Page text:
Expectations of Religious Privilege

Today, we have 3 stories of parents who try to use religious privilege to absolve themselves from responsibility in the deaths of their children.

In Canada, we have the case of “M” and her sister in Alberta who were  allegedly starved and beaten by her parents. “M” was resuscitated by paramedics at here home, but suffered extreme brain damage and has no real hope of surviving if taken off life support.  Her sister is expected to make a full recovery.

Her parents are now facing charges of aggravated assault, criminal negligence causing bodily harm and failing to provide the necessities of life. They are alleged to have beaten and starved the girl.
While the parents have signed a “do not resuscitate” order if the girl’s heart should stop, they have asked that any treatment that would keep their daughter alive be continued.

The father claims that his religious beliefs prevent him from consenting to the treatment being stopped.

As a devout Muslim and loving father I find it unthinkable to agree to limit or withdraw medical treatment for (the girl). I ask that the Court honour my beliefs that the ultimate course of (the girl’s) life not be made by doctors limiting or withdrawing treatment,” he said.

As of today, the Supreme Court of Alberta has refused to overturn a lower court’s decision to remove the child from life support. An appeal was immediately launched to the Supreme Court of Canada, but there is no guarantee the court will hear the case.  Since the children were rescued, the parents have been in jail, facing charges of aggravated assault, criminal negligence causing bodily harm and failing to provide the necessities of life. If “M” dies, the charges will most likely be upgraded to reflect her death.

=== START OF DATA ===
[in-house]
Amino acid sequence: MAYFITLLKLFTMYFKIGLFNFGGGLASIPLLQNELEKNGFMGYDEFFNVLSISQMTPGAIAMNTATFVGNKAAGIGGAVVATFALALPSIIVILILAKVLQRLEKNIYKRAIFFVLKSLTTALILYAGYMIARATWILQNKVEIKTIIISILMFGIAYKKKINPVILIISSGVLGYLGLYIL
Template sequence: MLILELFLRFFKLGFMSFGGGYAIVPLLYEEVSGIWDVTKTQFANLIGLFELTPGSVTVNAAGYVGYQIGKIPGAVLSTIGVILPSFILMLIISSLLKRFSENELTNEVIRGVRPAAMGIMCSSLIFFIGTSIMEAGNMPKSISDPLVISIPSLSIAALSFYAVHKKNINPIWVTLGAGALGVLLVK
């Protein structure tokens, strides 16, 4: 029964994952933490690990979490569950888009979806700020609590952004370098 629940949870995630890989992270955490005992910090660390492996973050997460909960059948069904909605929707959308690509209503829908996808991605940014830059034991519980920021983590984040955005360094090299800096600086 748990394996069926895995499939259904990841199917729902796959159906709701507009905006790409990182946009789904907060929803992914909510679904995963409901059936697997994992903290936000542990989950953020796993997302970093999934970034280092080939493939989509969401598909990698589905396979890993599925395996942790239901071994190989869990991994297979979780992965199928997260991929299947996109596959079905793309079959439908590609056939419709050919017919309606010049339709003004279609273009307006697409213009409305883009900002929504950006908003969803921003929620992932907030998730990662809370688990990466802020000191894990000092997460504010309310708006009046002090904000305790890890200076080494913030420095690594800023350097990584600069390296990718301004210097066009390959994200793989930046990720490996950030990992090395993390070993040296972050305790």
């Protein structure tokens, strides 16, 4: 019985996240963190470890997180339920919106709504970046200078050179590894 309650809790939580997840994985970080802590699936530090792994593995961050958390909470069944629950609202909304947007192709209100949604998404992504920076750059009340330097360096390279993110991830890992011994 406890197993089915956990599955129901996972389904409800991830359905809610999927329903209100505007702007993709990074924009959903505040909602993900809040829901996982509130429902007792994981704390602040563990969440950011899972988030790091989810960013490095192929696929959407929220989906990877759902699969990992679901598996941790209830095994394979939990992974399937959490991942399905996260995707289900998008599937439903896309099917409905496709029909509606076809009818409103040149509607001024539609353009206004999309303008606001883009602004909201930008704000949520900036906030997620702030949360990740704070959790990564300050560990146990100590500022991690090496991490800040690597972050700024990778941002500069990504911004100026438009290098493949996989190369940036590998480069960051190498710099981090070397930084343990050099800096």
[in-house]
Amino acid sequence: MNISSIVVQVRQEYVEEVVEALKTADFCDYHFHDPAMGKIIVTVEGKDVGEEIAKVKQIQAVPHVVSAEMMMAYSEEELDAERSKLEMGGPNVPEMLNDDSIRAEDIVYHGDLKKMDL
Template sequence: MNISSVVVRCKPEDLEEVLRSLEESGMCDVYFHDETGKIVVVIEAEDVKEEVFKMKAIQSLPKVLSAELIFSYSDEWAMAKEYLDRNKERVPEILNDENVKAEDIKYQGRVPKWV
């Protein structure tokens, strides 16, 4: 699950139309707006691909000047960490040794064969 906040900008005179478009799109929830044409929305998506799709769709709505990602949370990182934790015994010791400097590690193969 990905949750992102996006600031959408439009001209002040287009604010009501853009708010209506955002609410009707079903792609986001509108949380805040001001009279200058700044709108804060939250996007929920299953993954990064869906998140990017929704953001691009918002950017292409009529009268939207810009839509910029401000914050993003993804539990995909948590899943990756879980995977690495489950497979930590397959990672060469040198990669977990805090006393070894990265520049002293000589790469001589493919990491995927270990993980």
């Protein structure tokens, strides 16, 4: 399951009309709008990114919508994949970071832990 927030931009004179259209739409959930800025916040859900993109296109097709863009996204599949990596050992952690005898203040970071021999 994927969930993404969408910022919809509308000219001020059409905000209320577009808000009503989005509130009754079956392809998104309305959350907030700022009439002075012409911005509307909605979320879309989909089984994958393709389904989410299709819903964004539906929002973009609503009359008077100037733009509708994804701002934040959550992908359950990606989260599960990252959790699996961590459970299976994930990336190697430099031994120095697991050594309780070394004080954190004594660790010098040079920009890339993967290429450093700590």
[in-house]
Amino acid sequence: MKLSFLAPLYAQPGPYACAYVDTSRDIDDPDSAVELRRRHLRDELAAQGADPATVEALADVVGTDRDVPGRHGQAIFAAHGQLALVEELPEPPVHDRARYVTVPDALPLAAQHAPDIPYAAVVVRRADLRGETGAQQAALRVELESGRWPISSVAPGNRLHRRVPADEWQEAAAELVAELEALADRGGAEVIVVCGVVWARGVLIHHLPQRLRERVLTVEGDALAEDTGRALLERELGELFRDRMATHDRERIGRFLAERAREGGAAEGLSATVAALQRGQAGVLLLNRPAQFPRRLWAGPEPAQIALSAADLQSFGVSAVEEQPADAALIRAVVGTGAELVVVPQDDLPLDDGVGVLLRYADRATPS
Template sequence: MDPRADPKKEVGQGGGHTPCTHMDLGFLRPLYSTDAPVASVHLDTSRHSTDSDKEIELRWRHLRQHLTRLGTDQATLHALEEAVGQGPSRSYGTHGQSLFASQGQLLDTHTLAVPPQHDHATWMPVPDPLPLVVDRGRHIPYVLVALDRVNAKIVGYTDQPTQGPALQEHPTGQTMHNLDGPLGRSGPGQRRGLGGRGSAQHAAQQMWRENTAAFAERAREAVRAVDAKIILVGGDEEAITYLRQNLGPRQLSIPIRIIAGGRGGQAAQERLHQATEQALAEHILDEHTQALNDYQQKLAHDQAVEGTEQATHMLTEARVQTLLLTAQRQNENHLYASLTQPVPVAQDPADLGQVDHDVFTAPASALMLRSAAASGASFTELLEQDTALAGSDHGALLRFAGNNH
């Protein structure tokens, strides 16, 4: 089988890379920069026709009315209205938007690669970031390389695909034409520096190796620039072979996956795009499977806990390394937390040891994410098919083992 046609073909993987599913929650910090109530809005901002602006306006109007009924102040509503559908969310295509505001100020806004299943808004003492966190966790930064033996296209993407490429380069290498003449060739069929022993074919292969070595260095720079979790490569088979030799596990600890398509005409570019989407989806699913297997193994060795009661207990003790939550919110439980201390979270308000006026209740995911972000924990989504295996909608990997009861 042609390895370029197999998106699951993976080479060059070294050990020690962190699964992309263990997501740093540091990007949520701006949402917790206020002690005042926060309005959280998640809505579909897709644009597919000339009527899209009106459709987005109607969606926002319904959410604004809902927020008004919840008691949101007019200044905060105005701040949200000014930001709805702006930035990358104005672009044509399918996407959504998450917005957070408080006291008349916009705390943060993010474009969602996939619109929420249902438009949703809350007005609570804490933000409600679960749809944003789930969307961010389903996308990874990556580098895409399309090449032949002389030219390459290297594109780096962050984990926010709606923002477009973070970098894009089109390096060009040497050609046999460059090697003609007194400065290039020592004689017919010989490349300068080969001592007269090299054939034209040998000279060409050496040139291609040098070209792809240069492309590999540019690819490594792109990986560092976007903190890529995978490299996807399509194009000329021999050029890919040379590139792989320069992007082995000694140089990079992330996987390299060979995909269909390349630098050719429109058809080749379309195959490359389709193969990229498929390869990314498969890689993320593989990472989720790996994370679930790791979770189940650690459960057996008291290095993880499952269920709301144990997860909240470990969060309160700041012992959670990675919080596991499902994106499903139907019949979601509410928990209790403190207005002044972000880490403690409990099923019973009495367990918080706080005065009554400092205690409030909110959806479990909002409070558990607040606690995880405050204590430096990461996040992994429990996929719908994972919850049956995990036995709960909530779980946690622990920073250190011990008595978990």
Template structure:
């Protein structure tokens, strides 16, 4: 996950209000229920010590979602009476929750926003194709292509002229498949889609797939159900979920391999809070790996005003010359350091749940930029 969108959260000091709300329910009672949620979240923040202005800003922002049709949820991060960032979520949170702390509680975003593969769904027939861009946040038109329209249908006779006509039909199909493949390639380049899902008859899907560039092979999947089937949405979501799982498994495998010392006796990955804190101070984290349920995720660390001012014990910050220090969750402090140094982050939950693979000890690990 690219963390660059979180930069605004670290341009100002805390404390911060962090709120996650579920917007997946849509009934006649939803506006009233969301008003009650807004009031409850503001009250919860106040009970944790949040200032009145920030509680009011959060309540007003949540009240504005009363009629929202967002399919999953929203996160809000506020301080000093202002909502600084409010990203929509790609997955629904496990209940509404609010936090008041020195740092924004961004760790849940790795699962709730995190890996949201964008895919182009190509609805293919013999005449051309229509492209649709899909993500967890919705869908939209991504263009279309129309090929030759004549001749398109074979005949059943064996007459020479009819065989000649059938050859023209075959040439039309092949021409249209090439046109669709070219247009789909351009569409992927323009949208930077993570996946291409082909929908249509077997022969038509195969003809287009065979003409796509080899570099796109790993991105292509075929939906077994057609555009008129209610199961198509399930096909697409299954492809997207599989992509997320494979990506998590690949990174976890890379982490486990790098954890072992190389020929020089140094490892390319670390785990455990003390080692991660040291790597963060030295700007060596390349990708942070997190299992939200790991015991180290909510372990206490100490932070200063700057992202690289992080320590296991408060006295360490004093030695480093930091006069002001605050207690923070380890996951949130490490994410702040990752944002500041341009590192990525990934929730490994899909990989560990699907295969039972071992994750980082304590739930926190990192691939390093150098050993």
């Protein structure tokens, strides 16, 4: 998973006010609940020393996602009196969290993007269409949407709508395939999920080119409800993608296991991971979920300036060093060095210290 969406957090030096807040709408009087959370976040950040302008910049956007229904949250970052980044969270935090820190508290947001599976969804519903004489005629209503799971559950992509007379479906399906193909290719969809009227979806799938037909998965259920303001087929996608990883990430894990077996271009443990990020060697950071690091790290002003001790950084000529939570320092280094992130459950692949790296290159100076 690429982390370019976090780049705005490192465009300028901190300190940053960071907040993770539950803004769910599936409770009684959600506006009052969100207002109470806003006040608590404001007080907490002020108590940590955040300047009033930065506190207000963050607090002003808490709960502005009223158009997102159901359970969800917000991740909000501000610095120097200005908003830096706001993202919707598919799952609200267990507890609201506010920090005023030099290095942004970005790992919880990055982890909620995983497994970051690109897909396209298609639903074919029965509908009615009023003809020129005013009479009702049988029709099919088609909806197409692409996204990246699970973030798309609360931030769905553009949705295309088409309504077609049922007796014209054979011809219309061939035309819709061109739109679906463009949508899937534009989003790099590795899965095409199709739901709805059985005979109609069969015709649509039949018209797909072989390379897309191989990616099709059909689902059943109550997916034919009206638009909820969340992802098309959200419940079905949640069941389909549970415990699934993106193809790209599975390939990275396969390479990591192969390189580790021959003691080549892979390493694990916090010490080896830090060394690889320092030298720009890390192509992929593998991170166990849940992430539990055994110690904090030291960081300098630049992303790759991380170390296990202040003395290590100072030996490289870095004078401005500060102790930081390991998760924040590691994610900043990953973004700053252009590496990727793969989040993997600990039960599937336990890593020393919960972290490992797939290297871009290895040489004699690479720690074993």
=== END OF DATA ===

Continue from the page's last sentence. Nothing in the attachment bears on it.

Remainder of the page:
It may be cynical of me, but it is difficult to see these legal battles as anything but an attempt to  use their religion to mitigate their potential punishment. This religion they are leaning on now, didn’t prevent them from abusing their children. Life is sacred only on their terms. At least the courts aren’t buying into their excuses.

Case #2 and 3 come from the northwester US, both involving members of the General Assemblies and Church of the First Born  a Christian sect that believes in the power of faith over the power of medicine.

Russel and Brandi Bellew, from Oregon, each pleaded guilty on Tuesday to charges of criminally negligent homicide, as part of an agreement with prosecutors.

The Bellews — who are members of a church that generally believes in using prayer instead of modern medicine to treat illnesses — avoided jail in the plea deal, but will spend the next five years on probation. During that time, they will be required to contact a doctor whenever any of their six surviving children suffer from an ailment that causes them to miss school for more than one day….

The Bellews were arrested in February after an autopsy revealed that 16-year-old Austin Sprout had died two months earlier from an infection that resulted from a ruptured appendix. The teen was Brandi Bellew’s biological child and Russel Bellew’s stepson.

Had the couple been convicted of manslaughter, they each would have faced a mandatory minimum prison sentence of more than 6 years. I don’t really expect the Bellews to abide by the order. Both parents lost their previous spouses because of their beliefs. They both dies of easily treated infections. The most bizarre comment comes from one of the Bellews’ non-church member neighbours: “the parenting abilities here are just great”. Yep, letting your child die from a treatable disease is terrific parenting.